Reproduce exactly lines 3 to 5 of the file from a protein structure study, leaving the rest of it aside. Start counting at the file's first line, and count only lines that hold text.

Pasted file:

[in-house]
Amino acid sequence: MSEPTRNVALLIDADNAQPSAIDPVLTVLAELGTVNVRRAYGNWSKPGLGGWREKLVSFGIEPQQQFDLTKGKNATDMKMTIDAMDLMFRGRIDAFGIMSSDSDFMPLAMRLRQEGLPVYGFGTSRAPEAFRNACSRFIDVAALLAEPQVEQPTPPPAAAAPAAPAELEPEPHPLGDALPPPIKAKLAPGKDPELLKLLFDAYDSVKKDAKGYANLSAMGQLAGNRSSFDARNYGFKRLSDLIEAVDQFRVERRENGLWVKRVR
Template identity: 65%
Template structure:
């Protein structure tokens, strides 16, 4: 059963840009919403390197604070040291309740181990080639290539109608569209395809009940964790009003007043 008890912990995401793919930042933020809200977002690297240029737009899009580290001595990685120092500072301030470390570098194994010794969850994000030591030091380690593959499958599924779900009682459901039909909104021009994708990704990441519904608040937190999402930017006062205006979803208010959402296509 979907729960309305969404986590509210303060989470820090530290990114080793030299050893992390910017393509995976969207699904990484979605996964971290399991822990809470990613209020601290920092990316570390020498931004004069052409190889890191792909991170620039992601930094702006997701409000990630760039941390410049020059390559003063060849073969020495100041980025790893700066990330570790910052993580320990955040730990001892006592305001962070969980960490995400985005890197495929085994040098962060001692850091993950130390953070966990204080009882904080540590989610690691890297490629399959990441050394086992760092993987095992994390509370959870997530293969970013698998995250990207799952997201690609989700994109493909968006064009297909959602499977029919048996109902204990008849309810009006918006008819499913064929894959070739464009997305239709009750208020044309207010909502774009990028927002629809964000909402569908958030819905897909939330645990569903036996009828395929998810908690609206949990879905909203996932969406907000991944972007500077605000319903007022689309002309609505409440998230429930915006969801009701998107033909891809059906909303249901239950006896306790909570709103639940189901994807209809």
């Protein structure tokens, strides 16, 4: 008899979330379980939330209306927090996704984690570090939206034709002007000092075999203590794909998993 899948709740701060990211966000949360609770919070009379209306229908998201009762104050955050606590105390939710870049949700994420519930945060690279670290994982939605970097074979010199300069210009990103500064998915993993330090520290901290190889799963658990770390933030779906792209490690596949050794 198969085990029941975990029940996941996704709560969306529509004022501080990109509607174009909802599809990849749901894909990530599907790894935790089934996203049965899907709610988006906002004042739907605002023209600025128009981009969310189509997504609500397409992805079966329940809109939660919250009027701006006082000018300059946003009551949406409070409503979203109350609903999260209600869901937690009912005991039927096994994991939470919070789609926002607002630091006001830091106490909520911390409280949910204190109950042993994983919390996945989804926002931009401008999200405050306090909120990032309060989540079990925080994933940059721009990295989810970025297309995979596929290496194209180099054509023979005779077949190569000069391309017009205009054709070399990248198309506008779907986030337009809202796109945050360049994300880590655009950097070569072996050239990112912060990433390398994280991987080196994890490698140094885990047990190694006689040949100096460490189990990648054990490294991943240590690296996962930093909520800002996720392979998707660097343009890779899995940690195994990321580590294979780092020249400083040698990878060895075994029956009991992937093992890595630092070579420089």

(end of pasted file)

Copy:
Template identity: 65%
Template structure:
């Protein structure tokens, strides 16, 4: 059963840009919403390197604070040291309740181990080639290539109608569209395809009940964790009003007043 008890912990995401793919930042933020809200977002690297240029737009899009580290001595990685120092500072301030470390570098194994010794969850994000030591030091380690593959499958599924779900009682459901039909909104021009994708990704990441519904608040937190999402930017006062205006979803208010959402296509 979907729960309305969404986590509210303060989470820090530290990114080793030299050893992390910017393509995976969207699904990484979605996964971290399991822990809470990613209020601290920092990316570390020498931004004069052409190889890191792909991170620039992601930094702006997701409000990630760039941390410049020059390559003063060849073969020495100041980025790893700066990330570790910052993580320990955040730990001892006592305001962070969980960490995400985005890197495929085994040098962060001692850091993950130390953070966990204080009882904080540590989610690691890297490629399959990441050394086992760092993987095992994390509370959870997530293969970013698998995250990207799952997201690609989700994109493909968006064009297909959602499977029919048996109902204990008849309810009006918006008819499913064929894959070739464009997305239709009750208020044309207010909502774009990028927002629809964000909402569908958030819905897909939330645990569903036996009828395929998810908690609206949990879905909203996932969406907000991944972007500077605000319903007022689309002309609505409440998230429930915006969801009701998107033909891809059906909303249901239950006896306790909570709103639940189901994807209809």